A native of Santiago, Chile, now living in the Los Angeles area, Johannes was on his way to play a Euphoria Morning tribute concert at Lollapalooza Chile when the pandemic hit. He was still holed up in Santiago when our Frets interview took place.

It almost felt as if the whole record was already in my imagination, and all I had to do was draw it out

Endlessly interesting, and filled with an indomitable spirit, Johannes was excited to explain how he turned his sadness from the loss of Cornell, his parents and his uncle, who was a mentor, into a profound acoustic-based recording.

How do you approach creating a new record in the studio?

I never have a plan; I only have a need. I don’t write until I start recording, so I’ll only have vague ideas. The only things I have ready come from little jams that I post on Instagram. I earmark my favorites and keep them in a folder on my iPhone as potential song ideas. This time I felt that one in particular could be a great beginning of a first song on an album. 

I played it on the Portuguese guitar, and the sequence appears exactly the same on “Mermaid’s Scream” because those chords with that melody have a specific feeling. I heard horns in my head, but my lungs had not recovered to the point where I had the power to play them. I realized this was going to be an acoustic recording with occasional touches of this and that.

The other idea I had earmarked from an Instagram jam was a part I played on a Republic tri-cone resonator. That wound up being the basis of “Hum,” and I knew it would feel great coming right after “Mermaid’s Scream.” So I tracked that and wrote lyrics to the melody I heard in my head.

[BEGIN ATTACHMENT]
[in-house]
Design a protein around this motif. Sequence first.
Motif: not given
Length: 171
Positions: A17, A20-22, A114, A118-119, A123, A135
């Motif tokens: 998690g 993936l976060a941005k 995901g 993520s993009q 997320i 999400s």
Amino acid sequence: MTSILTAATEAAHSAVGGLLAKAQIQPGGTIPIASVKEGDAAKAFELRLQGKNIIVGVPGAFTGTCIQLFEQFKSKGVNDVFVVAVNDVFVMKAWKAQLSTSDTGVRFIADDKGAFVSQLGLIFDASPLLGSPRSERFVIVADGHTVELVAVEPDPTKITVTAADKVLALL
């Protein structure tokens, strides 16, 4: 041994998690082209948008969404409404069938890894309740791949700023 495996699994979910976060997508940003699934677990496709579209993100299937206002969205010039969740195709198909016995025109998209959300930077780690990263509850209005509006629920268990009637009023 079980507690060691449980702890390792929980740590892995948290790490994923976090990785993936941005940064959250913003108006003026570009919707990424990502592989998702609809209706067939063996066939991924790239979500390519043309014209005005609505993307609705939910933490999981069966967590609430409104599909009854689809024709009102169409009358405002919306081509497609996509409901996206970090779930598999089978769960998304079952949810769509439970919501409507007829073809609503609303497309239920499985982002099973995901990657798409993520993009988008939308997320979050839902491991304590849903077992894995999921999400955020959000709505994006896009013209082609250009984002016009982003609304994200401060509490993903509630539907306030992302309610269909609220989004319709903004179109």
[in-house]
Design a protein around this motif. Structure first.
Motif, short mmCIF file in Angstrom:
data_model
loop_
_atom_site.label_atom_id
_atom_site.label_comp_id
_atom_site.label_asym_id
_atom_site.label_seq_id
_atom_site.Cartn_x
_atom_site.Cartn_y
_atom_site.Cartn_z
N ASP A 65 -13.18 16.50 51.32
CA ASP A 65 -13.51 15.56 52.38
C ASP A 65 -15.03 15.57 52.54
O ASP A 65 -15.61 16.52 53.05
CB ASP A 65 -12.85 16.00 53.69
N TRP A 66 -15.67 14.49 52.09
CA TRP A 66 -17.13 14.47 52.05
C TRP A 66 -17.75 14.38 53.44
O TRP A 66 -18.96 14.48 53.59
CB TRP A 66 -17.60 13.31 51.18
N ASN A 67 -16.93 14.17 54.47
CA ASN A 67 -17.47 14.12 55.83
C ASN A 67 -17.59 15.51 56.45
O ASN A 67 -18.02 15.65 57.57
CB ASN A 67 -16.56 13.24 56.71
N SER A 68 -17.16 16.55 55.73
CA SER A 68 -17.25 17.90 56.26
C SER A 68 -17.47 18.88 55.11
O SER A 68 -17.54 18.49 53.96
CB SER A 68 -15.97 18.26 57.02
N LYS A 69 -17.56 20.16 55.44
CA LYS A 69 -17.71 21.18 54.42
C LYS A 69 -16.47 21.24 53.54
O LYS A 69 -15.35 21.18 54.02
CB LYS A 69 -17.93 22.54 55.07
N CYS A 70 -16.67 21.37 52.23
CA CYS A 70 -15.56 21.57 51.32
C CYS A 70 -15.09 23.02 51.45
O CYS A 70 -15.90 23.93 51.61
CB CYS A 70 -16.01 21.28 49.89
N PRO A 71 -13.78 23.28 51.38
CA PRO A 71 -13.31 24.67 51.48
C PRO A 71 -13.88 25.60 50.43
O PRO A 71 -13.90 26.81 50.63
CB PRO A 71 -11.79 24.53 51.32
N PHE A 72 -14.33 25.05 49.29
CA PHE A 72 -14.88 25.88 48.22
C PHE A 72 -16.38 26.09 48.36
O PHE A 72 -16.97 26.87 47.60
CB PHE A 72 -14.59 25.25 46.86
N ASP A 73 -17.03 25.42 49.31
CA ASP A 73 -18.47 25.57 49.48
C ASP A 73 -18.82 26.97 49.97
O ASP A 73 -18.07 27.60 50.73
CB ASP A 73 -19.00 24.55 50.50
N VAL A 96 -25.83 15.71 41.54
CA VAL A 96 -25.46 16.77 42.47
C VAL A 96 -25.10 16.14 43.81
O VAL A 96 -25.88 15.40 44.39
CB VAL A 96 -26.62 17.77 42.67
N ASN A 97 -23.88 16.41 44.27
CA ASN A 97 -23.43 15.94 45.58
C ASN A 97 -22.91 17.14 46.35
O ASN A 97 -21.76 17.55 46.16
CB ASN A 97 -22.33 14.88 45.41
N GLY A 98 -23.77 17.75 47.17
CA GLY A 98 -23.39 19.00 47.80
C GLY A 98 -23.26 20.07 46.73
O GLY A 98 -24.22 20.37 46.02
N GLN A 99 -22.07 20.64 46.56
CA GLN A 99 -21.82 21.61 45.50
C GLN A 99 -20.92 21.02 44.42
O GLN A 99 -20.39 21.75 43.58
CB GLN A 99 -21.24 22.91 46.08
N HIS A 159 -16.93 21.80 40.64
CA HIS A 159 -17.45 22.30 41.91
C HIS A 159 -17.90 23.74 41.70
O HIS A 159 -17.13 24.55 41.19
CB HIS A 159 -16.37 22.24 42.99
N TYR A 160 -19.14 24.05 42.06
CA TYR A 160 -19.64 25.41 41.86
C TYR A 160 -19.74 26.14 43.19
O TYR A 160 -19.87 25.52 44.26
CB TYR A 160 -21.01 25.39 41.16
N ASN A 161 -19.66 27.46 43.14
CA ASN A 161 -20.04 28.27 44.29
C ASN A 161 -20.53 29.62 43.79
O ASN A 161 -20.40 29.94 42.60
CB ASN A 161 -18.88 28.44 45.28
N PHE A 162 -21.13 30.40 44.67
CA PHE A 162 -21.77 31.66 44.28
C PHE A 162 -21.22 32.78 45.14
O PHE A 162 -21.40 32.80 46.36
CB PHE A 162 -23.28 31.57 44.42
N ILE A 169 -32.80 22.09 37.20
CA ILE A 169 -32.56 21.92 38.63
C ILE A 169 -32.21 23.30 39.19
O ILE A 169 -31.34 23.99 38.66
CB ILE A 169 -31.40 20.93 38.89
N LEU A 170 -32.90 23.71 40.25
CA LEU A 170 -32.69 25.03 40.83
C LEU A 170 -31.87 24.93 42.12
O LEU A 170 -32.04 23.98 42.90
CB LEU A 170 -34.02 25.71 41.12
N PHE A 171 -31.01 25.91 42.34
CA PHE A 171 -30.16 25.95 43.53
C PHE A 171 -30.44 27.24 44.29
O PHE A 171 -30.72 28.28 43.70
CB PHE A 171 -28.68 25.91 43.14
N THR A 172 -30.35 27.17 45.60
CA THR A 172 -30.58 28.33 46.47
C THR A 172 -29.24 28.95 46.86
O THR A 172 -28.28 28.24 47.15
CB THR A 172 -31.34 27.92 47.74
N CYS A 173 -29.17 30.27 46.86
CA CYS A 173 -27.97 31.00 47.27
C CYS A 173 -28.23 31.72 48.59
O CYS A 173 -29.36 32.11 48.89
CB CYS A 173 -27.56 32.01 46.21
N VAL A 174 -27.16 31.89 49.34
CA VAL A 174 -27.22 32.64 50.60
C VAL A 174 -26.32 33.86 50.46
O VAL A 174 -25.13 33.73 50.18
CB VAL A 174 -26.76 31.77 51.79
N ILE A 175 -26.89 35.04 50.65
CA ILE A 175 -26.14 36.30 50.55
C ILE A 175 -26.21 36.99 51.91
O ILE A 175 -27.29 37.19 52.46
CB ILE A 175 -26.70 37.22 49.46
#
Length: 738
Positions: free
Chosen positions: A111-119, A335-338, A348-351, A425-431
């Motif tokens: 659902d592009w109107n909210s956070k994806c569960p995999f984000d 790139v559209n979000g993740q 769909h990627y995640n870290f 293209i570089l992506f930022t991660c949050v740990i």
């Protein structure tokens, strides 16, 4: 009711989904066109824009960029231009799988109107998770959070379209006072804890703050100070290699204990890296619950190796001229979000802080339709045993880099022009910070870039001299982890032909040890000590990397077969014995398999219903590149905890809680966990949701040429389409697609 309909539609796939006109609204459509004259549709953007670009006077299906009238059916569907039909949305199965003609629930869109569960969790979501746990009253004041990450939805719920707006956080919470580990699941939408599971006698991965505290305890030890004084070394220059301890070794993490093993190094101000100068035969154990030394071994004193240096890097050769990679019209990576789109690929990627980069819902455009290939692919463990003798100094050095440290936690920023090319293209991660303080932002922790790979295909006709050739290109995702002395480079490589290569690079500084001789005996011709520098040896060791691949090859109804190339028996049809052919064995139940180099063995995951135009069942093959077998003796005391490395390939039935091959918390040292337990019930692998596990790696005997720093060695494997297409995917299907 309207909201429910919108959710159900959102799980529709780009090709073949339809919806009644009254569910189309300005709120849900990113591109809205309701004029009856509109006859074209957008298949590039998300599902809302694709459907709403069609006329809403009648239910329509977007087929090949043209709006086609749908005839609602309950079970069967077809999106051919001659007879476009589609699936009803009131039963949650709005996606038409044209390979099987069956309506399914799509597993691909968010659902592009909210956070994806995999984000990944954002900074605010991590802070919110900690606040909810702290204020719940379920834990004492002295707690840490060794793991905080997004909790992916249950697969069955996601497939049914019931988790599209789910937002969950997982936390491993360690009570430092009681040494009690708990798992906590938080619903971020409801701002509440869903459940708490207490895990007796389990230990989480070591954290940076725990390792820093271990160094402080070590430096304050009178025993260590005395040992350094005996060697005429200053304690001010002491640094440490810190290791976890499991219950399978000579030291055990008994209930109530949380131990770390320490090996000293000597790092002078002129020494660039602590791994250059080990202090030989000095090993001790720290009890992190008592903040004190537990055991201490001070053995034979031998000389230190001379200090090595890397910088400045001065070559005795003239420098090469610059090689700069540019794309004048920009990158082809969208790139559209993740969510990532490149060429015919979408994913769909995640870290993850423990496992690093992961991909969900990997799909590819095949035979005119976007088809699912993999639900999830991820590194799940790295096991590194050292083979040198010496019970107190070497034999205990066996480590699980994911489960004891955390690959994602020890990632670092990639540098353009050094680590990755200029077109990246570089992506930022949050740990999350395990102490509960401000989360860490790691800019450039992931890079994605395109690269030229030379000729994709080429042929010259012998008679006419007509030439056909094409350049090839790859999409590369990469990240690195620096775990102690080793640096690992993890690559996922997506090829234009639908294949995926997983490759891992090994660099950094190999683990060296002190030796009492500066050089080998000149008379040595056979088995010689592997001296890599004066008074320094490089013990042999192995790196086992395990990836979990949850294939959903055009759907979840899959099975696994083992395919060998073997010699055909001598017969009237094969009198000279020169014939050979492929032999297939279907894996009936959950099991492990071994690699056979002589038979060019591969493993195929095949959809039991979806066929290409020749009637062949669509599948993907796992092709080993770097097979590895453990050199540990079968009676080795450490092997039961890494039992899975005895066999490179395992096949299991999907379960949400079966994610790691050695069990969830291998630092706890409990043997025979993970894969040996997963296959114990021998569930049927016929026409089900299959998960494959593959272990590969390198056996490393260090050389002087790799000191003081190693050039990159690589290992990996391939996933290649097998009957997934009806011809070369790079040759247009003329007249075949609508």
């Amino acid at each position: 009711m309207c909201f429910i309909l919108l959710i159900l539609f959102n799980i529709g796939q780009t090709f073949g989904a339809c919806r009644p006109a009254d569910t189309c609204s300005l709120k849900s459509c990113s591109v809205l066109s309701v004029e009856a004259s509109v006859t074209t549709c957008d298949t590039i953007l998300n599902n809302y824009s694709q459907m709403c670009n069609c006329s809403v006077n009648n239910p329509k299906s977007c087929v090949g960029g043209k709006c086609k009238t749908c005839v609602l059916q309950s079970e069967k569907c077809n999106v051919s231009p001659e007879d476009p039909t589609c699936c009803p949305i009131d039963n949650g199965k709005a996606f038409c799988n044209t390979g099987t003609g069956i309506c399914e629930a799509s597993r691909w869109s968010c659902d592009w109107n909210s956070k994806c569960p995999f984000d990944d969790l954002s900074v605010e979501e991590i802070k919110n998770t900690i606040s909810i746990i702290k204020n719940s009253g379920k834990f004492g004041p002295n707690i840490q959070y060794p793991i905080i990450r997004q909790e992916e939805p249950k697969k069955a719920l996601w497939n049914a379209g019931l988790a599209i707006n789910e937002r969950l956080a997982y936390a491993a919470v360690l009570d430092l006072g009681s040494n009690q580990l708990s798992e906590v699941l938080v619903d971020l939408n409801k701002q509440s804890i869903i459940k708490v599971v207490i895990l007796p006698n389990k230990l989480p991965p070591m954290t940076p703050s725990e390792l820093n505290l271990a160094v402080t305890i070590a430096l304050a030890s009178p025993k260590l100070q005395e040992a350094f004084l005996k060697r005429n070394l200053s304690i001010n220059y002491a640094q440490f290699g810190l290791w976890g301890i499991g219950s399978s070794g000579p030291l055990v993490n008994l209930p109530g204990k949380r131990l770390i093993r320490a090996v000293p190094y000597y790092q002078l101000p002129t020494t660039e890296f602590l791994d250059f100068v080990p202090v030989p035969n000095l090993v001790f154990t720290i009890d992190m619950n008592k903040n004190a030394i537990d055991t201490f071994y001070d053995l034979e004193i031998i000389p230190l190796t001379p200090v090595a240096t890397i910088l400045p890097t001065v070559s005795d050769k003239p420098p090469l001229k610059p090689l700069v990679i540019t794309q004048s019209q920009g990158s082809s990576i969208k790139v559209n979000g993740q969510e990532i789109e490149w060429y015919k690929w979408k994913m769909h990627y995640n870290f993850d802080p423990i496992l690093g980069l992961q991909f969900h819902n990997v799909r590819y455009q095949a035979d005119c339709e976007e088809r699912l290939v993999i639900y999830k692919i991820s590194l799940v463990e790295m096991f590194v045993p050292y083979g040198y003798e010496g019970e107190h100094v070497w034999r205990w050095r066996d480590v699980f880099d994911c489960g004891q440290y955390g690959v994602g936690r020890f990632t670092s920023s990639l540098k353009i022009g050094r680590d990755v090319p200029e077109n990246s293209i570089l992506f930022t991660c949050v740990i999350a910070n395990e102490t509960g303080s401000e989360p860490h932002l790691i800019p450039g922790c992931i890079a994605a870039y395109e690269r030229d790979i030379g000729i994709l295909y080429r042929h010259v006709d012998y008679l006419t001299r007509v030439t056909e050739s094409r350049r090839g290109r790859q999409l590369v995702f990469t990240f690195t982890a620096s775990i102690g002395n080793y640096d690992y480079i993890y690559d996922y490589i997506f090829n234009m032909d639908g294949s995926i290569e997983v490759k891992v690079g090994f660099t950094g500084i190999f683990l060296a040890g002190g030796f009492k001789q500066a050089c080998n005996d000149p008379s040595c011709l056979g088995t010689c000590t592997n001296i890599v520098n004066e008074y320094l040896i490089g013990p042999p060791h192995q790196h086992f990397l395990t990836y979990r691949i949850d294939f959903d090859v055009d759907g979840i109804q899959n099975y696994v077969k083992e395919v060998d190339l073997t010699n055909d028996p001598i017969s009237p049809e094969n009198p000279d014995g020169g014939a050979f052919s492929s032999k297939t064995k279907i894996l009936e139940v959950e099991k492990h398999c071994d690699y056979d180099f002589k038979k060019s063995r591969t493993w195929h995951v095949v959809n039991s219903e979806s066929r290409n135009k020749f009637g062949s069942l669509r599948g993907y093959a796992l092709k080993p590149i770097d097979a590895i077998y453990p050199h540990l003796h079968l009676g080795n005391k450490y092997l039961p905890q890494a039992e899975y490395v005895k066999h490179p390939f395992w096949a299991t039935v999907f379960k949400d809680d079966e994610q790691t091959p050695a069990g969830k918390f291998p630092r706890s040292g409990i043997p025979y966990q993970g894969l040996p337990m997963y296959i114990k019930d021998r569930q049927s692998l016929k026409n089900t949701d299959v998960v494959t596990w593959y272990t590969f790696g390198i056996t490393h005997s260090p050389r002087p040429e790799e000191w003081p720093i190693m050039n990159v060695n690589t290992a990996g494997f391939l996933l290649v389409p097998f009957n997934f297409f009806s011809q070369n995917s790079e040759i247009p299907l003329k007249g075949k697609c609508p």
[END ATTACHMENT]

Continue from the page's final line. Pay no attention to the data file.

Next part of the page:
Once I had that arrangement worked out and recorded, there was only empty space to fill, and I wound up in a routine. I would wake up and listen to the song from the night before, start working on a new idea, track from noon to dinner, mix after dinner, and then go to bed. 

So after the first two, every song was written on the morning it was recorded. It almost felt as if the whole record was already in my imagination, and all I had to do was draw it out.

(Image credit: Future / Stephen Linsley)

Can you share some details on the guitar and techniques you used for the opener, “Mermaid’s Scream”? 

I took a trip to Portugal to produce an amazing instrumental band called Dead Combo, and while I was in Lisbon I fell in love with the music of Carlos Paredes, who I perceive to be like the Portuguese Django [Reinhardt]. 

Inspired, I got a Portuguese guitar about a year and a half ago, and I play it on “Mermaid’s Scream.” It’s a small 12-string acoustic with an oval shape and weird tuners, and I used the Coimbra tuning, which is [low to high] C G A D G A.